PFF Top 101 Has Some Real Head Scratchers

Streeter Lecka

I get that they only look at 2013 production with no slant given for prior years to future potential. Even so, how do you explain the Panther rankings on the list.

Here are the Panther ranks on the PFF Top 101 for 2013:

#41 DE Greg Hardy

#42 LT Jordan Gross

#52 LB Thomas Davis

#80 LB Luke Kuechly

So no Cam Newton nor Charles Johnson. Plus how do you reconcile having Lavonte David at #5 and 2013 AP Defensive Player of the Year Luke Kuechly at #80? Well I don't have any direct answers to these questions but PFF did take questions via Twitter and it would seem many others had similar issues:

Miller suffers in the list from missing so many games. He is almost always fantastic when he plays, but his grade is also inflated by the 3rd down pass-rushing role in which he has that other 4-3 outside linebackers (like David) don't have. Had Miller played at the same level for a full 16-game season he undoubtedly would have been much higher but since he missed time (though a suspension - i.e. something within his control) he was penalised.

So they can't use that excuse for Kuechly. He had a very similar stat line to 2012 with maybe a couple more interceptions.

Here's another one:

Good spot. Here though is a case in point where we did not stick rigidly to the PFF rankings but applied a bit of intelligence and our own weighting to the grades to rank players. Also, the 101 looks at playoff games as well as regular season. When you look at all games both players actually tied in grade. Though their grades were similar overall, Mathis had a markedly better pass-rush grade and made more big plays than Houston did. The overall rankings don't place any weighting on run vs pass defense, preferring to allow people to decide for themselves, but the staff all agreed that we placed a higher premium on the pass-rush among 3-4 OLBs.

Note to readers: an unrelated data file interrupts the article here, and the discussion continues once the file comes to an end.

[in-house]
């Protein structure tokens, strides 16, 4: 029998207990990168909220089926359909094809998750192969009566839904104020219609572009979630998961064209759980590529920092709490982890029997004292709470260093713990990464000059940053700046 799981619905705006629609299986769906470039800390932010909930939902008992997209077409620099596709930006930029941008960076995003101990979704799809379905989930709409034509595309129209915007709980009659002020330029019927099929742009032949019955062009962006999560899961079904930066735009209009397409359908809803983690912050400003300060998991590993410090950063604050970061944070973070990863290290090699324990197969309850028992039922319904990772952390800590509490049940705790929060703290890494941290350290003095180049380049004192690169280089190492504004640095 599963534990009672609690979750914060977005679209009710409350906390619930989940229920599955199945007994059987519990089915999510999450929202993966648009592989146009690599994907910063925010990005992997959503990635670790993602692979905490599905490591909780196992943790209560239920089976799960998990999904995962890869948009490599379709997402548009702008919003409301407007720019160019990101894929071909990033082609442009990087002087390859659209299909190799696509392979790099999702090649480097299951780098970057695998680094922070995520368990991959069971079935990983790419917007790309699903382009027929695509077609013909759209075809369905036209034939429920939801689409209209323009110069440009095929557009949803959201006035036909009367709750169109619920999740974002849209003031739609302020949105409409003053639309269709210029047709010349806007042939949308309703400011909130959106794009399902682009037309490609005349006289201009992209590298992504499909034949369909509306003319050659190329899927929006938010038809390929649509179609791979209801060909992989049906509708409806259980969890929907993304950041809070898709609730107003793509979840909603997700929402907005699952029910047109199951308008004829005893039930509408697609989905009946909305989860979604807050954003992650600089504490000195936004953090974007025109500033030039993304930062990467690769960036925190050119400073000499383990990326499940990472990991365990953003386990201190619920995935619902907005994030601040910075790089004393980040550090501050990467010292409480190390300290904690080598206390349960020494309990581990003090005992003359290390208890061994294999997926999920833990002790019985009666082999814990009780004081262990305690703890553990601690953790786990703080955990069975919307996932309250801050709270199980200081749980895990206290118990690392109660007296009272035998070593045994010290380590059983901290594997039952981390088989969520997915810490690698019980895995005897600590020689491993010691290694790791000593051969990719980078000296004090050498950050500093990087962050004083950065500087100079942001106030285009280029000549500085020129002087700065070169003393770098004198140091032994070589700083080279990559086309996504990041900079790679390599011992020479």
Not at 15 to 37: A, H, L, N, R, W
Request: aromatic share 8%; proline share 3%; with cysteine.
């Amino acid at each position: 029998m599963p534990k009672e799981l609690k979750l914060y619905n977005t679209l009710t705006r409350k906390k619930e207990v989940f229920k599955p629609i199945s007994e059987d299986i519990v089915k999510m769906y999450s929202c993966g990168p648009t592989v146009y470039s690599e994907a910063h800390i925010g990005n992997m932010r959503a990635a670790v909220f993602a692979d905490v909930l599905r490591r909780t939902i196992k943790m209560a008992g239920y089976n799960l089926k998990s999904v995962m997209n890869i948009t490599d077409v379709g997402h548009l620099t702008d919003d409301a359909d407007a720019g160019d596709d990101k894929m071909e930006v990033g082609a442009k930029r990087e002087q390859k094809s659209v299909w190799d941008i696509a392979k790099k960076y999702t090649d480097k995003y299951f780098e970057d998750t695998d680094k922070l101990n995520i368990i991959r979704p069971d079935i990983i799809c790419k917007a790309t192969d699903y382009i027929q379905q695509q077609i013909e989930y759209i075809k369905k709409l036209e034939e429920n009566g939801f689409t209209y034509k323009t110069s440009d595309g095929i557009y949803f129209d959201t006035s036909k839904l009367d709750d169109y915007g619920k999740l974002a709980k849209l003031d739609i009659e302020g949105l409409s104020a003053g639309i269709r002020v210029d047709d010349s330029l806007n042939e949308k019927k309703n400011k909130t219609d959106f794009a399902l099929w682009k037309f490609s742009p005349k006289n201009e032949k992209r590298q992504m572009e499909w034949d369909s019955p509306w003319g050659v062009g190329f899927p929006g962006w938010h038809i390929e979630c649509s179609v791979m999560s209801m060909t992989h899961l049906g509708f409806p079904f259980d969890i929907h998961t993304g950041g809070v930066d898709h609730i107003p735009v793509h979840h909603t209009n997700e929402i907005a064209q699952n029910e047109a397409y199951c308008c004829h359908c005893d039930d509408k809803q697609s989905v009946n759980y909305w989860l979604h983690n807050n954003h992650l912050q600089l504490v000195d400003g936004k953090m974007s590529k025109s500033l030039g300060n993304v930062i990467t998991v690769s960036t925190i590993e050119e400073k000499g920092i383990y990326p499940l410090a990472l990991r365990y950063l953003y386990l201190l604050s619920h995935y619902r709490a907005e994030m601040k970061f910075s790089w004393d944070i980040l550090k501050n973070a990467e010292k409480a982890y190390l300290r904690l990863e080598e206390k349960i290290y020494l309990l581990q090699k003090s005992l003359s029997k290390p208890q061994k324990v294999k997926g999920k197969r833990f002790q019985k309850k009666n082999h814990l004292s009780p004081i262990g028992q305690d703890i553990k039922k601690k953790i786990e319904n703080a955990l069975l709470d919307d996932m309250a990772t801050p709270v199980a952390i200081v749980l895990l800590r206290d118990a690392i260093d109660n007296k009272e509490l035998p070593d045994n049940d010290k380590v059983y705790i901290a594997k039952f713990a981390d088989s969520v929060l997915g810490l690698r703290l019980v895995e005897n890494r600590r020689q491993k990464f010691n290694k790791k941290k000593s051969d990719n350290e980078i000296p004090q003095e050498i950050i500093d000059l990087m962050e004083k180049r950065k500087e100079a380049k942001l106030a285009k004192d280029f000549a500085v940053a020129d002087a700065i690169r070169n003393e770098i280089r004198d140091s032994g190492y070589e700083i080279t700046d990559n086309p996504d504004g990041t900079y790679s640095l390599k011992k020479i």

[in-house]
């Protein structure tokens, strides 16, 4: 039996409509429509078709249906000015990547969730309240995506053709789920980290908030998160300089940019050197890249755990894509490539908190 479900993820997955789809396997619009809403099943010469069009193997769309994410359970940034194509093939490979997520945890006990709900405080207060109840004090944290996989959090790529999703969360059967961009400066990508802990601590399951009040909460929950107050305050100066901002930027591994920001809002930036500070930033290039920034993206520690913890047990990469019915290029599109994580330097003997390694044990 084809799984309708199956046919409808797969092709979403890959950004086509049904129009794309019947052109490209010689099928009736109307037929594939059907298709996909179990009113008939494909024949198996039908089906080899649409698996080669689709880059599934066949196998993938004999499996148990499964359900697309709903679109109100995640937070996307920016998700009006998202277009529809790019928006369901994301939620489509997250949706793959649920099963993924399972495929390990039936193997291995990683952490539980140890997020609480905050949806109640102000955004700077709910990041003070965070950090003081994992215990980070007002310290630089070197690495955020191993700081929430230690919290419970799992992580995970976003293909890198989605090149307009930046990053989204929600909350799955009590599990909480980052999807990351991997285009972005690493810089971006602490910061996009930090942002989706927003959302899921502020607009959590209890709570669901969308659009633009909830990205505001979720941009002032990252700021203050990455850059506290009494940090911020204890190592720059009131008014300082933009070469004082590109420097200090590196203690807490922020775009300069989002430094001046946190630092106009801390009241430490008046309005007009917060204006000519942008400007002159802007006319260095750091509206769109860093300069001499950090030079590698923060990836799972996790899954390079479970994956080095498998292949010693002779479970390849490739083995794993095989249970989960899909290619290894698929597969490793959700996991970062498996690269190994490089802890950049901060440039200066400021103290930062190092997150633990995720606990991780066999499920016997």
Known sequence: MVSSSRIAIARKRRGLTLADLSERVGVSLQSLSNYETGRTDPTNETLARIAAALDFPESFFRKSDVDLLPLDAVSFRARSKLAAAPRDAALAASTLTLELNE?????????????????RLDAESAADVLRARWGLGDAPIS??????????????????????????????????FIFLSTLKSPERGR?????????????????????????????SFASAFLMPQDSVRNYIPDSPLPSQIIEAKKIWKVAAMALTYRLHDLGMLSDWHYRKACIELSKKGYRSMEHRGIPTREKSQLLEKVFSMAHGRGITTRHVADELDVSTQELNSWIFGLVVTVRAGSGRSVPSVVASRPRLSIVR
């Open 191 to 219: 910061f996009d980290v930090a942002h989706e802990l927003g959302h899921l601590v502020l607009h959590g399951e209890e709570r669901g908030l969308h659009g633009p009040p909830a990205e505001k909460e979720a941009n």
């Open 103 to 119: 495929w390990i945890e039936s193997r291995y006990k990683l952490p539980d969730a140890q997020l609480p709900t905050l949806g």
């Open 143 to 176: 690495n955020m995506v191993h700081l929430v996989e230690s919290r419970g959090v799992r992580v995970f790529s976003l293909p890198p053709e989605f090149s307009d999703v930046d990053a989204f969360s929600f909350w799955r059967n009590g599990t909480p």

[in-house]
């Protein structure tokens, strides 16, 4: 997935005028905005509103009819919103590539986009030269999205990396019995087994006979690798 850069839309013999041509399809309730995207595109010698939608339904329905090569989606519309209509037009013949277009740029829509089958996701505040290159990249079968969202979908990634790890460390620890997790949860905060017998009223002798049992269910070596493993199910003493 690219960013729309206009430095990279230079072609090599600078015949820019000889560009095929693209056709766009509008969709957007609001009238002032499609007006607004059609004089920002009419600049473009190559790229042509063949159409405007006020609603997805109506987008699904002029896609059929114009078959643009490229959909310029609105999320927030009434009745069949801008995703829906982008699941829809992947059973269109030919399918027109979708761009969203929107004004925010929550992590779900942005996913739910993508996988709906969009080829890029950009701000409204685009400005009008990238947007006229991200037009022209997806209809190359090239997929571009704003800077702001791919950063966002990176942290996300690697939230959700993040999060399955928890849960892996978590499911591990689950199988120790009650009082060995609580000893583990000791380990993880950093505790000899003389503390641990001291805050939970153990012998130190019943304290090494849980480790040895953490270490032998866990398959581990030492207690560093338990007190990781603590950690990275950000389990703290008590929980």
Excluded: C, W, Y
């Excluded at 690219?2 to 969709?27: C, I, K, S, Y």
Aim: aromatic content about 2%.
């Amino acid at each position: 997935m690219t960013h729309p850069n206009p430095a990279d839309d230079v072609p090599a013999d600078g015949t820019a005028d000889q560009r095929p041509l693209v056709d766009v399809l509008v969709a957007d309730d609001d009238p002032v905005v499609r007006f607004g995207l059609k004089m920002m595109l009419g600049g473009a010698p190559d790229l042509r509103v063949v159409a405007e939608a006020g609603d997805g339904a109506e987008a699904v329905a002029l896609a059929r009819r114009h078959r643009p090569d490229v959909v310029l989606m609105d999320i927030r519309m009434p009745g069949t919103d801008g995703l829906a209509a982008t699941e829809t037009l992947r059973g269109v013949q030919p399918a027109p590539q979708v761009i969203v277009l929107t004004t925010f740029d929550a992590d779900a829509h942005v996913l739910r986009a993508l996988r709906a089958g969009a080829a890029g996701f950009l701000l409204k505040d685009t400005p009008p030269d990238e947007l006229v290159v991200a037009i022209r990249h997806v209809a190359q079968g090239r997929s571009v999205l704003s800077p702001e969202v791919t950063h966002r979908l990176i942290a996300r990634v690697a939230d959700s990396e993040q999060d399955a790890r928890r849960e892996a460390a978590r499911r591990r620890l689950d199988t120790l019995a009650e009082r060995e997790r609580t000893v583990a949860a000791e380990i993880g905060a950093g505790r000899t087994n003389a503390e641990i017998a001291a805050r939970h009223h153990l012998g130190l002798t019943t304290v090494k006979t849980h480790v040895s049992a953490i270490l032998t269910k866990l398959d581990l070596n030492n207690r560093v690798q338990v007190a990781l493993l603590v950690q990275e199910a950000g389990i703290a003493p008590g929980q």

I love PFF's reaction to this Tweet:

Ah Tom Brady, always a bone of contention when it comes to the PFF 101. We've been accused of Tom Brady hate at PFF, but only in the seasons when we rank him comparatively lowly. He has enjoyed fantastic seasons in the PFF era, but 2013 was not one of them, and most objective viewers would happily agree with that. Some of it wasn't his fault - his receiver corps became a shadow of what it once was - but some of it was, notably his play under pressure. Once something Brady excelled at, in 2013 Brady threw as many picks (5) as he did touchdowns when pressured and 20 passers had a better completion percentage when they felt heat.

Now that is the cold slap of reality to the Patriot faithful (or is it delusional?).

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